Tom Vek and Olga Bell, Meltdown Festival, Southbank Centre, 20 June

In the 21 years since Meltdown’s inception, the festival has played host to a conveyor belt of counterculture greats, including David Bowie, Patti Smith, Jarvis Cocker and the late John Peel. This year James Lavelle took the helm, bringing his genre-bending brand of subversion to the director’s chair. With a body of work spanning two decades – and an illustrious address book to match – the trip-hop pioneer and all-round creative powerhouse is known for pairing unlikely bedfellows and taking big risks. This was evident at the Southbank’s Purcell Room, where Olga Bell and Tom Vek united to perform collaborations from joint venture Nothankyou alongside their own solo material.

On paper, the two artists appear at opposite ends of the sonic spectrum – Vek is known for his snarky basement-grown slacker pop, while Bell, a touring member of Dirty Projectors, produces ambitious electronica cut with classical pedigree. In person too, the pair are incongruous – as Vek strums through the deadpan witticisms of new album ‘Luck’ with a disaffected slouch, Bell bounces from instrument to instrument and track to track with all the pent-up zeal of a child unwrapping toys at Christmas.

Songs from Bell’s Russian-language LP Krai (which translates loosely as the ‘frontier’ or ‘edge’) and debut Diamonite usher in other idiosyncratic delights. “This song is about immigrant disillusionment,” the singer quips before Junior, a jerky ode to identity lived on the peripheries. She even breaths new life into Weezer’s college anthem Buddy Holly, all wavy vocals and dreamlike keytar.

We glimpse Moscow, via Alaska and Brooklyn – where the former classical protégé moved to pursue electronic composition and ‘beat making’ in its truest form. Bell’s is pop for the thinking woman, off-kilter but gloriously on-message.“We’re going to play some rock music now, play close attention,” Vek jokes as his band take the stage following the show’s interval. The familiar greased-back, neurotic perfectionism of 2011’s Leisure Seizure comes as a welcome change from Bell’s enjoyable, but ultimately unpredictable, twists and turns.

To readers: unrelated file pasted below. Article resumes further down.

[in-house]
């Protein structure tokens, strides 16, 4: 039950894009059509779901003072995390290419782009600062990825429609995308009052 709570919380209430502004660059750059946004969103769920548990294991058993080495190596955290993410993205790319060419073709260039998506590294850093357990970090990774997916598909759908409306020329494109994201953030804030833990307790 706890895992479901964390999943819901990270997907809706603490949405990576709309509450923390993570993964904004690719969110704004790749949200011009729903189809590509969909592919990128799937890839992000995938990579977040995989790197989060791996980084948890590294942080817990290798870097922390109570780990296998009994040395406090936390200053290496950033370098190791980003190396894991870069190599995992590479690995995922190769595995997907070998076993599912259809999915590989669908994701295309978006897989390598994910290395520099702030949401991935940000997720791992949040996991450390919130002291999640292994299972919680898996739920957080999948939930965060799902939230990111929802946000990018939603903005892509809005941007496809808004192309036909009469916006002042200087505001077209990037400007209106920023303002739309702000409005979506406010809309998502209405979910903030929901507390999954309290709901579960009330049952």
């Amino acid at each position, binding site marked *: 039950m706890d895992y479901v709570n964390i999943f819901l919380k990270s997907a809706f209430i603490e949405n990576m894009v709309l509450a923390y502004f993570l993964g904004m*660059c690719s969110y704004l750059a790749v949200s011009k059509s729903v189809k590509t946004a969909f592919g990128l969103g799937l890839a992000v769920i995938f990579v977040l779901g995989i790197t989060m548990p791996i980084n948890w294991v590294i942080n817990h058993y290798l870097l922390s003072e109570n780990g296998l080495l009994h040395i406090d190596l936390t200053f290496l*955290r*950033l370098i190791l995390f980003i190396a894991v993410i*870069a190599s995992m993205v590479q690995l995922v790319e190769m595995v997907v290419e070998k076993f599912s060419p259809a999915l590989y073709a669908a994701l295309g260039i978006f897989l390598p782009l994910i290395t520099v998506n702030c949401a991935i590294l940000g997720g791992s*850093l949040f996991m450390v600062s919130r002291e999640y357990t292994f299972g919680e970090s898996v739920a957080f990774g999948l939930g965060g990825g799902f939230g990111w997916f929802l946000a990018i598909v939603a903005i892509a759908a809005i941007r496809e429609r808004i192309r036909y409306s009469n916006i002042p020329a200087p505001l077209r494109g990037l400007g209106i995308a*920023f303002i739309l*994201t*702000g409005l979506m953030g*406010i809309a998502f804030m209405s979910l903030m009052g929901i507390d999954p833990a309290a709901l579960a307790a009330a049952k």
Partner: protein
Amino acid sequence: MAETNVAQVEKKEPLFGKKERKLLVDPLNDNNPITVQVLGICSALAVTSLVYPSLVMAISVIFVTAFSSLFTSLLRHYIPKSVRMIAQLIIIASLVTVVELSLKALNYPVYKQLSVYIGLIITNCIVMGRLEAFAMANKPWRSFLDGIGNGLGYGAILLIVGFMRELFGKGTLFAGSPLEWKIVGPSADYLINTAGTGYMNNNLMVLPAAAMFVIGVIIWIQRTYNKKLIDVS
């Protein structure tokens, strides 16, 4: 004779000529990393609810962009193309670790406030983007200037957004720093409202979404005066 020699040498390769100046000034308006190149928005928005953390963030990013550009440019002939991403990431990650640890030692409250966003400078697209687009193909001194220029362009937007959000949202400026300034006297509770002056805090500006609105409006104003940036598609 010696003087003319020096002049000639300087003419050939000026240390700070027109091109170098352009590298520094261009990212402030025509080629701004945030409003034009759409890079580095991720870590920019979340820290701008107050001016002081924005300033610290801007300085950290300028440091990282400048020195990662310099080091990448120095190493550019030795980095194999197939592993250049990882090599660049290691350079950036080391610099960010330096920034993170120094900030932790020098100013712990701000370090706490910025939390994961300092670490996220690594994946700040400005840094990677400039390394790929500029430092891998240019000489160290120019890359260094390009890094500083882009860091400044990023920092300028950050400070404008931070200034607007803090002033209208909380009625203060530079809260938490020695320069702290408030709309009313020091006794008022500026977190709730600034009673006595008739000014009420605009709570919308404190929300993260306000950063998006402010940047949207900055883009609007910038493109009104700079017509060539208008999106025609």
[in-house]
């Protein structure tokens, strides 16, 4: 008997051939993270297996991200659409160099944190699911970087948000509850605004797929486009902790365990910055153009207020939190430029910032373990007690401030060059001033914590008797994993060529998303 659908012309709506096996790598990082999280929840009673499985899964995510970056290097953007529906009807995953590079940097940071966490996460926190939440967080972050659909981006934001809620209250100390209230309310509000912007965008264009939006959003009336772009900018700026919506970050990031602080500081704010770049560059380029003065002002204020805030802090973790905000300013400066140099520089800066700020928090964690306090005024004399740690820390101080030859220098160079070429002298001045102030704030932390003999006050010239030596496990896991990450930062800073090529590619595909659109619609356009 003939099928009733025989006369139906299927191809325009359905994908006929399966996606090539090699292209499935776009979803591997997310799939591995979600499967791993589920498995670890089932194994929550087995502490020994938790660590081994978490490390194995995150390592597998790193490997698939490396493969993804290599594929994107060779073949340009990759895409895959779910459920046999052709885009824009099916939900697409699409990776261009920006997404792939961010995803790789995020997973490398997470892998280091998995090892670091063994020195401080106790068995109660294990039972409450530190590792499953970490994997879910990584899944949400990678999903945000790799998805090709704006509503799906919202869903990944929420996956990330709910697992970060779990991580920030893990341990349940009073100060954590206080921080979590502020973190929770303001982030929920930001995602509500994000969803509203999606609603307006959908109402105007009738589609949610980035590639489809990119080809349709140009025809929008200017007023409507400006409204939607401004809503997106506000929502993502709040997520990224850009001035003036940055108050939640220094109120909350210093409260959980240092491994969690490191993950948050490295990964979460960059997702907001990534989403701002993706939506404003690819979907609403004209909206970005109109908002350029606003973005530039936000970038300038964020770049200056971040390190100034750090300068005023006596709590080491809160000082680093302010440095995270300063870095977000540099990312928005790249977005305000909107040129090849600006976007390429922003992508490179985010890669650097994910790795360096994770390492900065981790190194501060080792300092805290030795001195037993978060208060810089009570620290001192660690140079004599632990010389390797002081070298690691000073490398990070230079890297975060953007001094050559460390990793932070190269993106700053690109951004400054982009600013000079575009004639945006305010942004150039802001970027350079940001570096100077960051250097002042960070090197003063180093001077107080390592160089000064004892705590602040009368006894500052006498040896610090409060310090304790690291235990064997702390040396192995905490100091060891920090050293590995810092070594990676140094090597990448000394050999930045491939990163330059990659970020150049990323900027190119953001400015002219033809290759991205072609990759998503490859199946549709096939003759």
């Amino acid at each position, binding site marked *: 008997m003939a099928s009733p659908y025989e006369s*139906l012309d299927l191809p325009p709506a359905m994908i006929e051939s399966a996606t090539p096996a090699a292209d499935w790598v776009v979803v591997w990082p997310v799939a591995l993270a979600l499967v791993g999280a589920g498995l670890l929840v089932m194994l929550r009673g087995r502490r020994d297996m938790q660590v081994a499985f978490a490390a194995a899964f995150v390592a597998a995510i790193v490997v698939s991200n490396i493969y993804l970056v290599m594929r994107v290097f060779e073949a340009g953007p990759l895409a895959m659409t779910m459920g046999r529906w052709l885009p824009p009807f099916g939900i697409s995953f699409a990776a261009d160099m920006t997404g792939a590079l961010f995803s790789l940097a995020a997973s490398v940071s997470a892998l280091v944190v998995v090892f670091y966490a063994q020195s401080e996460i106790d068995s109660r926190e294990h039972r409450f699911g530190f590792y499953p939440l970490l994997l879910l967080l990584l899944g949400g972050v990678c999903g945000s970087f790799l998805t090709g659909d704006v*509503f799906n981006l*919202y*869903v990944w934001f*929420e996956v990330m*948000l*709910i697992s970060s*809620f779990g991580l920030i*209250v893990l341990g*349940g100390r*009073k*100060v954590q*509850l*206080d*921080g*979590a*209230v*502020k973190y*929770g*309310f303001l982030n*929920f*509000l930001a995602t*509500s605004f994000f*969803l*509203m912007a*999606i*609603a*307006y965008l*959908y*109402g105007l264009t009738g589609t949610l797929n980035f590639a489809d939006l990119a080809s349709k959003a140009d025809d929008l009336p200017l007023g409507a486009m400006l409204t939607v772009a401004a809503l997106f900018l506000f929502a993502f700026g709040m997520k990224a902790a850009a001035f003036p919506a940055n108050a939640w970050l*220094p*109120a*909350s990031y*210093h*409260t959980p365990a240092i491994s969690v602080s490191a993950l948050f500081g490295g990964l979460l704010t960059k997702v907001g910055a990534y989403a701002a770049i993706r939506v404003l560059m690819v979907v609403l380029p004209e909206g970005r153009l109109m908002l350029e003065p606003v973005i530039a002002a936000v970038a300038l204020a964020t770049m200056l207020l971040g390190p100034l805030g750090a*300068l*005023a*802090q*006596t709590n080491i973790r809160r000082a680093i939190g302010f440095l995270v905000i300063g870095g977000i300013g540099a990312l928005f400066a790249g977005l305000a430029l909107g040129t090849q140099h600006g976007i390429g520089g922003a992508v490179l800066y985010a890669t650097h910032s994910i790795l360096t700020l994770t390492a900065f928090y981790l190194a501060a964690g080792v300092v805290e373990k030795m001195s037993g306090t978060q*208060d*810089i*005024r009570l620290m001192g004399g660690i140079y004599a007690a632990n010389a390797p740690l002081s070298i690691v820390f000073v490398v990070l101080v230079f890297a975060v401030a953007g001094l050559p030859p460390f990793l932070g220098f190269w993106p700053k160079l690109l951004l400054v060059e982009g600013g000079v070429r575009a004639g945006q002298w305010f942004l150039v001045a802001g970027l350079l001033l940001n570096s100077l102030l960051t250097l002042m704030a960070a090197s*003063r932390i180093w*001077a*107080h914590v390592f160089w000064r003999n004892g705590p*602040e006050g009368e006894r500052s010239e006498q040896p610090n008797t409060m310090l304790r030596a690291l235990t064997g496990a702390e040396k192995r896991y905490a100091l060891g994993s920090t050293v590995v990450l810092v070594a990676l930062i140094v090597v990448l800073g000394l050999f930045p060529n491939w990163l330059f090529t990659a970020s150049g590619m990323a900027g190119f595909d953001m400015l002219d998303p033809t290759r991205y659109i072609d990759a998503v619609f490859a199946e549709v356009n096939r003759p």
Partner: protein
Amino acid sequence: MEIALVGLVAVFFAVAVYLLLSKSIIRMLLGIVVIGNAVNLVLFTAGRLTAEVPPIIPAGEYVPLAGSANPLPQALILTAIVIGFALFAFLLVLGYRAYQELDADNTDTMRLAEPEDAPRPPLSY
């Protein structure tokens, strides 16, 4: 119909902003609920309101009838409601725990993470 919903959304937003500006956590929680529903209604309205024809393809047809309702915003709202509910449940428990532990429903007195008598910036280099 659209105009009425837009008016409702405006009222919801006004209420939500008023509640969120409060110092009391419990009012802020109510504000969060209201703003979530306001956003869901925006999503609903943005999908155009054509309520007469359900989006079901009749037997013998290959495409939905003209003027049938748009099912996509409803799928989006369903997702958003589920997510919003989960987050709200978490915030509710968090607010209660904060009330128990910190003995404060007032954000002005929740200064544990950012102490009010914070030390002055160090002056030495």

Samples take a backseat as the crowd wriggle, tap and nod along to old 4/4 favourites Someone Loves You and Nothing But Green Lights in the typically awkward fashion of seated rock fans. Those who shuffle into the aisle for cult classic Aroused duly obey when politely asked to sit back down by security.

Though it is easy to pinpoint key influences from both artists’ solo ventures (Bjork, St. Vincent, Beck), this task is made considerably harder when the pair finally coalesce onstage as Nothankyou. Vek’s harmonies and breakbeat riffs are set alight by Bell’s down-pitched vocals and frantic percussion on the night’s standout moment Oyster.

Frothy, surging synths come to the fore in new track Dorian, later giving way to driving cowbells carried by waves of distortion. The union of Bell’s driving urgency and Vek’s knack for melody bring the night’s proceedings to a dark and thrilling close. Between the two, a monstrous equilibrium emerges, far greater than the sum of its parts. This is pounding, atmospheric dance-pop for the tumblr generation.

Grace Caffyn

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1. Tom Vek and Olga Bell, Meltdown Festival, Southbank Centre